This course is intended for students who will be leaders in their personal or professional lives. The course reflects our belief that effective leadership requires the successful integraion of the individual's personality and the characteristics of the situation within an historical and cultural context.
This course provides exposure to the critical contributions that the study of the Humanities and Social Sciences makes to developing leadership for the long term. In this course we will examine the social-biological, psychological, political, organizational and personal dimensions of leadership. In addition to the knowledge base provided by these various disciplines we will analyze the biographies of real life leaders and apply our insights to a specific problem/project that you and your team mates will identify and develop. The course should help students identify their own leadership style and provide a practial and conceptual base for developing principled and ethical leadership in our diverse and rapidly evolving global community. Students will lead, follow, and reflect critically on the leadership of others. Communication skills will be emphasized and developed throughout the course.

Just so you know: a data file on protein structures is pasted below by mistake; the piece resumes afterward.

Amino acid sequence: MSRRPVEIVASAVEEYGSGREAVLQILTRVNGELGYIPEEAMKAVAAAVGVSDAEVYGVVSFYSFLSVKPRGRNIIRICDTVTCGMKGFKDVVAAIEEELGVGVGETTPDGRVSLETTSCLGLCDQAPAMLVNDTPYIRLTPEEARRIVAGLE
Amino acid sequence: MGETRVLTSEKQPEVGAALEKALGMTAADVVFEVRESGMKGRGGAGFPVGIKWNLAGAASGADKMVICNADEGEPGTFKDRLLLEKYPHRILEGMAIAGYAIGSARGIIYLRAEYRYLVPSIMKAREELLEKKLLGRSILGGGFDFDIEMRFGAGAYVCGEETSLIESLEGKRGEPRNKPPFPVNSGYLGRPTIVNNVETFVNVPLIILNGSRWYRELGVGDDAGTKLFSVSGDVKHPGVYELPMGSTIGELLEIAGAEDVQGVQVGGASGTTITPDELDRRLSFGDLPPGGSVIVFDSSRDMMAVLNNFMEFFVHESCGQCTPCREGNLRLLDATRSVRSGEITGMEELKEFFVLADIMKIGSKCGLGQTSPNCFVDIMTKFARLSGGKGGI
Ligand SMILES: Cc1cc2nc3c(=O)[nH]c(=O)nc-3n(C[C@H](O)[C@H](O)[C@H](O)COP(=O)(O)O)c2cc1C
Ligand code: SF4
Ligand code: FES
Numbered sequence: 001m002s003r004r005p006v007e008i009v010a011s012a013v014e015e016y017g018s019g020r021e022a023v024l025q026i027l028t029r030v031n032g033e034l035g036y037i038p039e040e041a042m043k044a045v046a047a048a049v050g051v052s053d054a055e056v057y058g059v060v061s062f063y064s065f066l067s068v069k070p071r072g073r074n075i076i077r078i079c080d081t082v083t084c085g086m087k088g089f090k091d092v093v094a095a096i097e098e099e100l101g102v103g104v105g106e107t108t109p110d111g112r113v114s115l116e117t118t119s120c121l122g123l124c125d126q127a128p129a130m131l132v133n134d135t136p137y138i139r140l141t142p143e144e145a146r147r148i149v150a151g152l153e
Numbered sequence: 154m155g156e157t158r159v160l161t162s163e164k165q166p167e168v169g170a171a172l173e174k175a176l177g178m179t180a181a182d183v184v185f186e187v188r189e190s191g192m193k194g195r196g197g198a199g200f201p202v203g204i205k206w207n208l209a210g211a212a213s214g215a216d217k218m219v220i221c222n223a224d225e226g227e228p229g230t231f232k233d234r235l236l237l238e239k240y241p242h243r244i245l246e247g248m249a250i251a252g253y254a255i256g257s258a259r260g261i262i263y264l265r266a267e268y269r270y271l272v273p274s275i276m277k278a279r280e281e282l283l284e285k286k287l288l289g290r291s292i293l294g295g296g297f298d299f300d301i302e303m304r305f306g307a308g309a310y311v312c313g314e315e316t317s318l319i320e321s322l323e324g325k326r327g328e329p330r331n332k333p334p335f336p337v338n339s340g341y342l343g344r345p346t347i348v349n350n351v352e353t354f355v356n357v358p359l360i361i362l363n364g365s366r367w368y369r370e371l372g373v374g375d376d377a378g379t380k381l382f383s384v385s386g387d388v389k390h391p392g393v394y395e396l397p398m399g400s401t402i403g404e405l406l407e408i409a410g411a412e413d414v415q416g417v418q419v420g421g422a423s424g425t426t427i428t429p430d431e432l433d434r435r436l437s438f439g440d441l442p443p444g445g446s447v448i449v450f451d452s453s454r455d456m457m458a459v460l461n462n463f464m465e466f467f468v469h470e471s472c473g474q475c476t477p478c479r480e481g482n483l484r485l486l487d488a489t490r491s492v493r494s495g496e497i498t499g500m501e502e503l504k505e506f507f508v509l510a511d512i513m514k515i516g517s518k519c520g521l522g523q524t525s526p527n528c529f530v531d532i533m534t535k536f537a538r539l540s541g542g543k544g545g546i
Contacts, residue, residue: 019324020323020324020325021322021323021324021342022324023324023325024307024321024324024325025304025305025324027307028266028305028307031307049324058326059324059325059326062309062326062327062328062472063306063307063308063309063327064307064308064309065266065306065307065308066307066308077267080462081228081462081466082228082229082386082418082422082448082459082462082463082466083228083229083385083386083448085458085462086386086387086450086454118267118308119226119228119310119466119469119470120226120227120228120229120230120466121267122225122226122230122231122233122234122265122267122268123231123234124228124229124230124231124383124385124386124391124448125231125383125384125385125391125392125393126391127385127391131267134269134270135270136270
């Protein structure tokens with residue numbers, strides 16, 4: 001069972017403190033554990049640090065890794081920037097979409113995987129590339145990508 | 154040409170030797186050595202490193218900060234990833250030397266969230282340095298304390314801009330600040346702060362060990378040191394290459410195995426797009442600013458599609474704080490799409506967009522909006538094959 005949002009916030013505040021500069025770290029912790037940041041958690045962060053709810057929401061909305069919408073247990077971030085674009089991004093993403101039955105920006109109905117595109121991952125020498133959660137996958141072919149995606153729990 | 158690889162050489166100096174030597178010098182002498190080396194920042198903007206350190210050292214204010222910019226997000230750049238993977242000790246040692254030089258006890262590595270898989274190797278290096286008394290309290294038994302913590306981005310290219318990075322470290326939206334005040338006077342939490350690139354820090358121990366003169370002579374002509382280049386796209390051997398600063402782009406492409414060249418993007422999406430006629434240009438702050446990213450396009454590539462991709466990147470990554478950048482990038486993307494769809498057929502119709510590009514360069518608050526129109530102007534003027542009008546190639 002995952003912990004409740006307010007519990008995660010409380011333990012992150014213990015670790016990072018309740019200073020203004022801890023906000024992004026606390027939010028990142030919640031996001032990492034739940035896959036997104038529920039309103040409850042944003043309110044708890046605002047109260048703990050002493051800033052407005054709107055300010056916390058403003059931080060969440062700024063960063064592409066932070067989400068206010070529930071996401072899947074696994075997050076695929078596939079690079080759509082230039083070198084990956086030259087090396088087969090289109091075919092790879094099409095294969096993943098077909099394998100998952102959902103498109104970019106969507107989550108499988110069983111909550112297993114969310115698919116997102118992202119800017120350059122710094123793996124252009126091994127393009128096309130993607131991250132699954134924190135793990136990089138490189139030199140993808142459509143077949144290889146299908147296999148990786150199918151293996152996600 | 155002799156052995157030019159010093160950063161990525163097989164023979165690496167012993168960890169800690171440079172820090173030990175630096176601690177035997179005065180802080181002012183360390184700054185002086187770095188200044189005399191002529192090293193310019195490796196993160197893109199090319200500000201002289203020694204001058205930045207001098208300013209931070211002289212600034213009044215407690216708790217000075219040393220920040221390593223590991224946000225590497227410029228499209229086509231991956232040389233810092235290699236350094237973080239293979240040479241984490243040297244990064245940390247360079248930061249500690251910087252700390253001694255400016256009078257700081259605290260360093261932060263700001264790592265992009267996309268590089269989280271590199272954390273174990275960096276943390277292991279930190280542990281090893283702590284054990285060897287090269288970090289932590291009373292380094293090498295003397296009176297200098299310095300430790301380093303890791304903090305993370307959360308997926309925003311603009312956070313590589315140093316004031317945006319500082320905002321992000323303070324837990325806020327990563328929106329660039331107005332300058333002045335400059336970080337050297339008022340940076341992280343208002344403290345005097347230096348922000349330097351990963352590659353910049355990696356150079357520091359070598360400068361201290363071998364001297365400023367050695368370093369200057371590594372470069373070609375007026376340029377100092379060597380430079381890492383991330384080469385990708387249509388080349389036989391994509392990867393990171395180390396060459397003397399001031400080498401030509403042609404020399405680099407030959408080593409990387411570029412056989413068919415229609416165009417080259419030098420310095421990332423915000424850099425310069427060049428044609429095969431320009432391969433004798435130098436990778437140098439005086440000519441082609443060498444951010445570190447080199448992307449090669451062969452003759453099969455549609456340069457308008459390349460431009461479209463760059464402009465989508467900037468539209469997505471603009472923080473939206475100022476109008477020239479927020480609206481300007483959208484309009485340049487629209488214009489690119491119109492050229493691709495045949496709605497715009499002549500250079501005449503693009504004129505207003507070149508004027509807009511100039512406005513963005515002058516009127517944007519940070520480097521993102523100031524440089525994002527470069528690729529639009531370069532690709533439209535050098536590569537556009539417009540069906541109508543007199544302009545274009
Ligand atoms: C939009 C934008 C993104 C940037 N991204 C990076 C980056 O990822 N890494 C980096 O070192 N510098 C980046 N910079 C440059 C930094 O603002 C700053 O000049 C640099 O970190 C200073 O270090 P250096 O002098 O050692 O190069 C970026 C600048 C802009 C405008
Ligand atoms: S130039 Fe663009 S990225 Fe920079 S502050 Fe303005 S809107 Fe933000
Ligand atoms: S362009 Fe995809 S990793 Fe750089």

Attendance is absolutely essetial. Much of our work will be done in small groups and a portion of class time will be set aside for group work. More than 2 unexcused absences will result in the loss of one half grade per absence. Extra credit projects may be submitted to offset this reduction if the projext is deemed valuable by the instructor.
There will be four assignments, as noted in the syllabus. Assignment #1 is worth 10%, assignment #2 is worth 20%, assignment #3 is worth 30%, and the final group project is worth 40%.
- Gender-Fair Language
Because the way we write and speak affects the way we think, students in this course are expected to use gender-fair language in their writing and speaking. To assist you in writing a gender accurate fashion we ask you to obtain a copy of "Writing with Gender-Fair Language: The Generic He/Man Problem" by Jenny R. Redfern (free of charge) at the Writing Center.
- The Writing Center
The tutorial services of the Writing Center provide one-to-one instruction with faculty or trained graduate assistants. Students may receive help with reports, papers, projects, and all writing tasks. We recommend that you visit this center. The Center is located in Sage Lab, Room 4508.
- Academic Honesty
Student-teacher relationships are built on trust. For example, students must trust that teachers have made responsible decisions about the structure and contents of the courses they teach. Teachers must trust that the assignments which students turn in are in fact their own. Acts which violate trust contradict our very reason for being here at RPI. The Rensslaer Handbook defines various forms of Academic Dishonesty and the procedures for responding to them. All forms are violation of the trust between students and teachers. Students should familiarize themselves with this portion of the Rensselaer Handbook and should note that the penalties for plagiarism and other forms of cheating can be quite harsh.
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